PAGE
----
While there were many key ‘take aways’ that Jacquelin got from years in the Coast Guard, he came to understand that professional mariners and commercial operations managers need to continually self-police, to re-invest and do the right thing, which sometimes costs money. As someone who can see both sides of the equation, Jacquelin insists, “All of us in the industry have had moments of extreme frustration with the Coast Guard because we feel that they don’t understand what we do and that we are in business to be profitable. And I would say that more times than not, we are correct in that belief. I’ve also seen it from the other side where the Coast Guard can get extremely frustrated at us for some of the decisions that we make. Sometimes those decisions lead to operations that are unsafe. From their perspective, they are also correct and in the end what results is an adversarial relationship that takes away from our bottom line and ‘forces’ them to be the bad guys.”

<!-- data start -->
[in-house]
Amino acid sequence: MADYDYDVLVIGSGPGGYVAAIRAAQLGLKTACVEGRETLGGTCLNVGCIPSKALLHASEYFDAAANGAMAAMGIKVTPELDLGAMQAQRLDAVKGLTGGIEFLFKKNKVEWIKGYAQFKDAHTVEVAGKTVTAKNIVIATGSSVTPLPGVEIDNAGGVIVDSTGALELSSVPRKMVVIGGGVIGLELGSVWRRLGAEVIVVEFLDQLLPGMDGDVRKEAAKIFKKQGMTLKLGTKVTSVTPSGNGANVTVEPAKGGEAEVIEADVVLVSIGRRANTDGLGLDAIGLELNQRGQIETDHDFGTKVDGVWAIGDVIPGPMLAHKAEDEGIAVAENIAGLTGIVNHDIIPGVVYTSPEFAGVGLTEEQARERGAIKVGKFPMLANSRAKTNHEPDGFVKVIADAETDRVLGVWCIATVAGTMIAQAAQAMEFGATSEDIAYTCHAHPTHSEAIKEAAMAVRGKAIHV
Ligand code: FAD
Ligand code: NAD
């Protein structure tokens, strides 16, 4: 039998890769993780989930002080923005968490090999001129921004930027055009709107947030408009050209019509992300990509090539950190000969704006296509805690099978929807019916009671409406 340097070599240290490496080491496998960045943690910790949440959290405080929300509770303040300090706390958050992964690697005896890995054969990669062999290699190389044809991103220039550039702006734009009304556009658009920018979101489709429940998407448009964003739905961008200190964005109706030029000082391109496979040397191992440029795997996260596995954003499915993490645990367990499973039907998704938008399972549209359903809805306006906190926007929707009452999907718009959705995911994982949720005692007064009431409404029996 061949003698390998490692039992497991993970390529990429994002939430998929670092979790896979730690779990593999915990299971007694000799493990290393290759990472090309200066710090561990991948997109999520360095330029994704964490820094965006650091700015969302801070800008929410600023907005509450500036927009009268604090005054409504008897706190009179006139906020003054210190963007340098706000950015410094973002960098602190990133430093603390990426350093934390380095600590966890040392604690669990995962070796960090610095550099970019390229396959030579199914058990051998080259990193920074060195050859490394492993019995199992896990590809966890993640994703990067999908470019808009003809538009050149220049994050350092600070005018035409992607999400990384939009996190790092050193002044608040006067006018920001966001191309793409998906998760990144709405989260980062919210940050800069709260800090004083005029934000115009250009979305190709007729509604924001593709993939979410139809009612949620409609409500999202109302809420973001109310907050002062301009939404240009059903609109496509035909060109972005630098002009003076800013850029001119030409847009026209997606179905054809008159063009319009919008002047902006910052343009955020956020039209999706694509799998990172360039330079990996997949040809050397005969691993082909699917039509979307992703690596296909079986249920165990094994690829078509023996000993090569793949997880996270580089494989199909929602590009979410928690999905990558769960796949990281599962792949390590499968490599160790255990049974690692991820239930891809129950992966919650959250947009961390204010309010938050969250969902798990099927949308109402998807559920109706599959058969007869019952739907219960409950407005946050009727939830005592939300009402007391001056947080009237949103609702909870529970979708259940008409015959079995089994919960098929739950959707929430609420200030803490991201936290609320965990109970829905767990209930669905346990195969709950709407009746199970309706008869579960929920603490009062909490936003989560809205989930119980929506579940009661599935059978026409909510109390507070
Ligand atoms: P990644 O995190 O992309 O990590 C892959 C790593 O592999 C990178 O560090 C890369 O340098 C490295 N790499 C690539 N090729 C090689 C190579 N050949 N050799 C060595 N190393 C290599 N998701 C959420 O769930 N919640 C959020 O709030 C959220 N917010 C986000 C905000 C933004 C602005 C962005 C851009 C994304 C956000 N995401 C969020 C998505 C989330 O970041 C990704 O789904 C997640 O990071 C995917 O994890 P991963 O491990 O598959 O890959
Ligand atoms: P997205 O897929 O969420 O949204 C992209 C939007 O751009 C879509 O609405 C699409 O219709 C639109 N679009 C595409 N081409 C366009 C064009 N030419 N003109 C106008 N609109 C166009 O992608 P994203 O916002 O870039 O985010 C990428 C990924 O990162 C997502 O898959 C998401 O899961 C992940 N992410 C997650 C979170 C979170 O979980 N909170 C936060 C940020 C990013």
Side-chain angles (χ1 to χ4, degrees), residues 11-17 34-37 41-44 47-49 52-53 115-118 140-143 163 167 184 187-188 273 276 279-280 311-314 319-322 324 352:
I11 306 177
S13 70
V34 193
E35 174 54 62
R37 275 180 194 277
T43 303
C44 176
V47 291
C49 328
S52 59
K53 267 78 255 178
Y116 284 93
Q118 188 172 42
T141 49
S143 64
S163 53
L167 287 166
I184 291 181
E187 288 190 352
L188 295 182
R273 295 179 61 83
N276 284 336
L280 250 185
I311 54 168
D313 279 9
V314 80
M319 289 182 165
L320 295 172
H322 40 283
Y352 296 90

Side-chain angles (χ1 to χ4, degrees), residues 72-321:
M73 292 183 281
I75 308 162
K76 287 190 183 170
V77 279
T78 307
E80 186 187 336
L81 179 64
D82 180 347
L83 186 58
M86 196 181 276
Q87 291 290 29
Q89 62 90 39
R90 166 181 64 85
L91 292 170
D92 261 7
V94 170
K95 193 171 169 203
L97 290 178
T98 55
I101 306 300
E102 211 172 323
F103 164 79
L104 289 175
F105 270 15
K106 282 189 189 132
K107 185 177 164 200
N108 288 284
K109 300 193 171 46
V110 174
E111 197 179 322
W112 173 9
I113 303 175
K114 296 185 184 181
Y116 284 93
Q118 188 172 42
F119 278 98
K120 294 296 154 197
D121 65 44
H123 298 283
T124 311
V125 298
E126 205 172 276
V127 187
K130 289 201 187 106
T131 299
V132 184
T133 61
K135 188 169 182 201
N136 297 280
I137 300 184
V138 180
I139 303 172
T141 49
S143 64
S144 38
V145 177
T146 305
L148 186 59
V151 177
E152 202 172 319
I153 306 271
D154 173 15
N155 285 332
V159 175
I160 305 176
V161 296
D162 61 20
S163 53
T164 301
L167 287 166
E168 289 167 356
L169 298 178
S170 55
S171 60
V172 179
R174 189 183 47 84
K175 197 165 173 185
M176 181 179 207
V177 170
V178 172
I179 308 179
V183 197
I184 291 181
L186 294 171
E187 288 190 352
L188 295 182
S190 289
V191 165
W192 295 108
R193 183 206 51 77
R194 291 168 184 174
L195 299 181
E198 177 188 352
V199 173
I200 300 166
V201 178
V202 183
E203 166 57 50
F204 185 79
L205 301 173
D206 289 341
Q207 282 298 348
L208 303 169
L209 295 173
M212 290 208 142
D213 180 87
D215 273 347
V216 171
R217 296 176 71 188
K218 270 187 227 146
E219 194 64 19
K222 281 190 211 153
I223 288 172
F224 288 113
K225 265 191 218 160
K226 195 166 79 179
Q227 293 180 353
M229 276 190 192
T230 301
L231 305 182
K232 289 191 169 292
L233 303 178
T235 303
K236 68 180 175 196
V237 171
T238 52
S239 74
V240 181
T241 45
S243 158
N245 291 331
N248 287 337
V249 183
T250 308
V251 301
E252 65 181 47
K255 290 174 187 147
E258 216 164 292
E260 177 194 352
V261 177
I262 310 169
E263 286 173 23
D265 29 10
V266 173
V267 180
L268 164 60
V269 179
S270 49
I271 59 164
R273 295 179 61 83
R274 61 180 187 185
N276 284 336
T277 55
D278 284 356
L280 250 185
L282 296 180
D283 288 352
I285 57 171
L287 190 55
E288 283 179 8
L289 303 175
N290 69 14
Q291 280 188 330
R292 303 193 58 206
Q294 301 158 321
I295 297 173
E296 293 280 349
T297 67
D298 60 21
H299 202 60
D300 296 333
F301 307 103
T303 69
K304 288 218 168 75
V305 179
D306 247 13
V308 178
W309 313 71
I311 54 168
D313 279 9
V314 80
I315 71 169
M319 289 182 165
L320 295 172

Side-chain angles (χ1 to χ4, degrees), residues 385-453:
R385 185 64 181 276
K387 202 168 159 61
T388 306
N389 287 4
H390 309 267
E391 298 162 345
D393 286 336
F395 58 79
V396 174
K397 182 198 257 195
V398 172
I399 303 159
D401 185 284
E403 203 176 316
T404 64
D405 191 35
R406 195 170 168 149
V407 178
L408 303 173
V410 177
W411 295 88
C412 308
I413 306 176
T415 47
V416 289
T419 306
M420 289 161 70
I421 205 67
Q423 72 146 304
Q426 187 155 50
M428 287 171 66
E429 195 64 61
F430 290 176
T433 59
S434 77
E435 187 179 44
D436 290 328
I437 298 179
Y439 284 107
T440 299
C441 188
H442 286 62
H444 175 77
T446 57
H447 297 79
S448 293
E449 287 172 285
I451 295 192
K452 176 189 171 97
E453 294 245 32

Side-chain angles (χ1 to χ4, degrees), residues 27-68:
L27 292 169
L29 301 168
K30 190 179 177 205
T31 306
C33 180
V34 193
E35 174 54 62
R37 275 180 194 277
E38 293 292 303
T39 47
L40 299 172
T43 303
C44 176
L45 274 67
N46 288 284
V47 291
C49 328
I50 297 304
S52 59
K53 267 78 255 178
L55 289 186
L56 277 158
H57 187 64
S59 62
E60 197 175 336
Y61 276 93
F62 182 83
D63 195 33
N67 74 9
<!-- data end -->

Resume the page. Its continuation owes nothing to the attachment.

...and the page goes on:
All of that said, and while Jacquelin values his Coast Guard experience, he also feels that his work today is influenced by the sum total of his resume. “Having sailed, regulated and insured, you have a very unique understating of your client’s day-to-day operations and you can better cater to their needs by providing insight, resources and guidance to prevent incidents and costly claims. One of the largest challenges a broker can face in the marine industry is being able to properly represent their clients operations and exposures to insurance carriers. Having done all of the things I have, the underwriters I work with know that I know what I’m talking about and clients know that their money is being responsibly spent,” Jacquelin told MarPro in February.